The initial obsession with date classification that I have encountered within curatorial circles has led me to ICOM – a system used within museums for categorising – the terminology and classification is fascinating – I'm particularly drawn to the line drawings – there is a body of work to be done here – especially around the mapping of how I work within the collections http://www.collectionslink.org.uk/assets/thesaurus_icombts/vbt00e.htm I’m thinking about some sort of animation constructed from diagrams linked to labels.
How we catalogue the work within collections obviously has a history – from my reading and talking with curators (esp Ruth Battersby Tooke) the move from science based hierarchical thinking around the construction and reading of collections towards a more individual contextual understanding appears to of coincided with the breaking down of social barriers and the rise of valuing the individual in society. The fact that each objects reference point can change with each viewing is something to consider in relation to mapping a way through the collections. Each object has a seemingly infinite number of stories attached and each personal truth illustrates multiple connections and possibly demonstrates what and how we value the objects around us. This constantly shifting reconceptualising is a challenge to the rigours of traditional cataloguing.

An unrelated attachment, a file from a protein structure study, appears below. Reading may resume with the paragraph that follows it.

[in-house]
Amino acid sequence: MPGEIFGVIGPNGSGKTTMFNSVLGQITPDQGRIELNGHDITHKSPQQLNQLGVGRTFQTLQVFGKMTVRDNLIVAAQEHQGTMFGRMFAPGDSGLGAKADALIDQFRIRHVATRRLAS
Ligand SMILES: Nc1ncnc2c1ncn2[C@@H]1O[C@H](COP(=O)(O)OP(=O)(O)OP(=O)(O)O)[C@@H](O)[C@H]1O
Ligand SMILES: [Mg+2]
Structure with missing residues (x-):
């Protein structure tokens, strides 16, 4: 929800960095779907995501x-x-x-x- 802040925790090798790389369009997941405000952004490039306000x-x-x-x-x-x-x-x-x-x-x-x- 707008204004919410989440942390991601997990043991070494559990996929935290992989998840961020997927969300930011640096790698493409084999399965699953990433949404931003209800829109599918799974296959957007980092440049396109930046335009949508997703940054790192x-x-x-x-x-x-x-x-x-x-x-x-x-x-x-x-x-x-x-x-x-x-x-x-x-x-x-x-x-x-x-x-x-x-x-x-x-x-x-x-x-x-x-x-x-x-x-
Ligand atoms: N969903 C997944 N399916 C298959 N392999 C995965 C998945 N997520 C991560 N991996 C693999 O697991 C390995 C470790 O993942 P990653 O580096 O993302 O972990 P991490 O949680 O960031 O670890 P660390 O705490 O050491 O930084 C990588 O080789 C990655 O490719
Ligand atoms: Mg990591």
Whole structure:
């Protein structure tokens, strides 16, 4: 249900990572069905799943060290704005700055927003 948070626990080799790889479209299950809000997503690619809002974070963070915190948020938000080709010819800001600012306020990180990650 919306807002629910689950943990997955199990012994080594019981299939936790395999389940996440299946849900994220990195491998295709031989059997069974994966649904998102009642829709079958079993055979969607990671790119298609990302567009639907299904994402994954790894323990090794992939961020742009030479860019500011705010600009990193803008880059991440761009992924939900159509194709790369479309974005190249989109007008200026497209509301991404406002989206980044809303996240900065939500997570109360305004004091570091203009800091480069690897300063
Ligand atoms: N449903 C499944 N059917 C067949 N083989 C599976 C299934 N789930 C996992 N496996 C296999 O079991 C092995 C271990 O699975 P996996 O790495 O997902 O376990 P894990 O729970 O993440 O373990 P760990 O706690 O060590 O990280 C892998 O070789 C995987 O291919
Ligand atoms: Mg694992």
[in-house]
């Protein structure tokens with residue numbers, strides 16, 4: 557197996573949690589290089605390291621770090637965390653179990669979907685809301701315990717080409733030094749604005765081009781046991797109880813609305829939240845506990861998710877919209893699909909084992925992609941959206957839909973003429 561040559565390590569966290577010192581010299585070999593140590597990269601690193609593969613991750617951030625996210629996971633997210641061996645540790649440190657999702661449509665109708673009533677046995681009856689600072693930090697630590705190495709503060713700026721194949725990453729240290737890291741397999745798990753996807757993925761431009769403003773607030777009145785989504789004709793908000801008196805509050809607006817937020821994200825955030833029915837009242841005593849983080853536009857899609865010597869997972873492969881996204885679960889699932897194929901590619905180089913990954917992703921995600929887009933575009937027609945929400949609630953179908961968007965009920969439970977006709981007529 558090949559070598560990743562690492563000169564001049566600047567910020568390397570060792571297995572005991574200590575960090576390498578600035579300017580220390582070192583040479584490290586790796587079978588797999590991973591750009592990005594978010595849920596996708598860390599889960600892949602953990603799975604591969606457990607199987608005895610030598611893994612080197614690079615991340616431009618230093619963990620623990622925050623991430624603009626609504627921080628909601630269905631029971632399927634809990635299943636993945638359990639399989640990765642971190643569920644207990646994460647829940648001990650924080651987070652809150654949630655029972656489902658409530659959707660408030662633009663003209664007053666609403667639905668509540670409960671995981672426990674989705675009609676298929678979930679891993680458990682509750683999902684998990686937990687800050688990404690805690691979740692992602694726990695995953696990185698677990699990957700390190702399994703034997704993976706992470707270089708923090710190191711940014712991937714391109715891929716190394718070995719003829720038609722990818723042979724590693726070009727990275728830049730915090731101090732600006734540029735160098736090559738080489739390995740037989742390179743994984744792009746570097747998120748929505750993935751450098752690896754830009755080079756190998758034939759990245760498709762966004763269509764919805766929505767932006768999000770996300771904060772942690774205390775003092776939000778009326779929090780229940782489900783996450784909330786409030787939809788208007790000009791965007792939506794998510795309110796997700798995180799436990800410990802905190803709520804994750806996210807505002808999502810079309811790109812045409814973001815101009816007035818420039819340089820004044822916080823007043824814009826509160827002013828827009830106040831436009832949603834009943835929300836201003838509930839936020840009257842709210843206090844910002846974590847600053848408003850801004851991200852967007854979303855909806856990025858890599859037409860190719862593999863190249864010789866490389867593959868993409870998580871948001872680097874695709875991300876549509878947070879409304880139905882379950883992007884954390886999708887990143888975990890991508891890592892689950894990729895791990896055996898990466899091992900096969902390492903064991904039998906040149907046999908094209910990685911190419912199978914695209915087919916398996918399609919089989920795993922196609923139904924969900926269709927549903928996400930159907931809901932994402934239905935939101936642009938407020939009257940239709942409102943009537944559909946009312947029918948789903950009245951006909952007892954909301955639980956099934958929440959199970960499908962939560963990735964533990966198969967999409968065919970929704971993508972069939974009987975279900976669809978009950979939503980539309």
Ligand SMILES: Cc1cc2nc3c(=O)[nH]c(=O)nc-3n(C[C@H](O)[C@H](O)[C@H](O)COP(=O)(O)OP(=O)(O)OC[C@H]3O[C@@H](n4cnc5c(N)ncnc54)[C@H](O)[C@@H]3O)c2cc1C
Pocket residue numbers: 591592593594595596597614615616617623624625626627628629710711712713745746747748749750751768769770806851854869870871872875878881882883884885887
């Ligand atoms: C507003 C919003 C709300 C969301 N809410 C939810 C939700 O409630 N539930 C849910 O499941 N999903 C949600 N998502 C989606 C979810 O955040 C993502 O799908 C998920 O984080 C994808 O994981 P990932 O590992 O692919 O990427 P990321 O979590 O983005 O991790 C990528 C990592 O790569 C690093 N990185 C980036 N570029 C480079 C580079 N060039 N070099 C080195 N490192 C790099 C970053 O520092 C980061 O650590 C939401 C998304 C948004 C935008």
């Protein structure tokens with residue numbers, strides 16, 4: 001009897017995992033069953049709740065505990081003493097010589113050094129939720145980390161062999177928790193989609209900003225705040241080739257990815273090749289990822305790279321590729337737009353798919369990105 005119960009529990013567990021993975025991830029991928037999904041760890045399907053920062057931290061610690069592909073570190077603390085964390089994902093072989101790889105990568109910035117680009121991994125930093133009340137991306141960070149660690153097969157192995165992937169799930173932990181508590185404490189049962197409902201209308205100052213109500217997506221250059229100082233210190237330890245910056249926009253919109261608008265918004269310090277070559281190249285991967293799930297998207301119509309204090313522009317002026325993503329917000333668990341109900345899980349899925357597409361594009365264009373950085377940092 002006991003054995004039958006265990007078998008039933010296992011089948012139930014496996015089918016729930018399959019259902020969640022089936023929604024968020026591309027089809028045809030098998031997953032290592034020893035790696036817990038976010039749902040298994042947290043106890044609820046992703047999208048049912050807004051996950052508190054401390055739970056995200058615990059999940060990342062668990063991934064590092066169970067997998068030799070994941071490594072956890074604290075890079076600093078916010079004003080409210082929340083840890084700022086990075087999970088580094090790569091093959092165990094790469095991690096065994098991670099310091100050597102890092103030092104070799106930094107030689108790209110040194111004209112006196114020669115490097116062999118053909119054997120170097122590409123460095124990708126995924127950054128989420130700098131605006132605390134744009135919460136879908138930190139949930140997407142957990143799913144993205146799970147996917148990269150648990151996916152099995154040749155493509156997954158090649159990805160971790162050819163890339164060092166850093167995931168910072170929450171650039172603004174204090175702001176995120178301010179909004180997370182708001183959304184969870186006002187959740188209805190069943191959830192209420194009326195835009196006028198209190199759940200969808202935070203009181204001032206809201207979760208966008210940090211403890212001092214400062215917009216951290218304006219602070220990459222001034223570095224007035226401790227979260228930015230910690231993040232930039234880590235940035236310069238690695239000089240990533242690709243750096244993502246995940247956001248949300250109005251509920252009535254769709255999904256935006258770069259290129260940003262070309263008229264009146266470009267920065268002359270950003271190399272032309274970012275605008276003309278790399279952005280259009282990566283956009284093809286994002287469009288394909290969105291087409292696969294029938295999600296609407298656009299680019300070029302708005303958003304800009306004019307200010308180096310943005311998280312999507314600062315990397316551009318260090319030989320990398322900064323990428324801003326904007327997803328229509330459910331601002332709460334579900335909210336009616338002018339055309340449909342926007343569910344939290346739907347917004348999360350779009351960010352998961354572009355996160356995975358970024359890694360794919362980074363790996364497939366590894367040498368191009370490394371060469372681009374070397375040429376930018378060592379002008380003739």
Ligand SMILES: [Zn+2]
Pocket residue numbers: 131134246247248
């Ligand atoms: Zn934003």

Meanwhile I’ve been sidetracked by a wonderful punch less binder - ACCOGRIP – that was holding a set of paper patterns.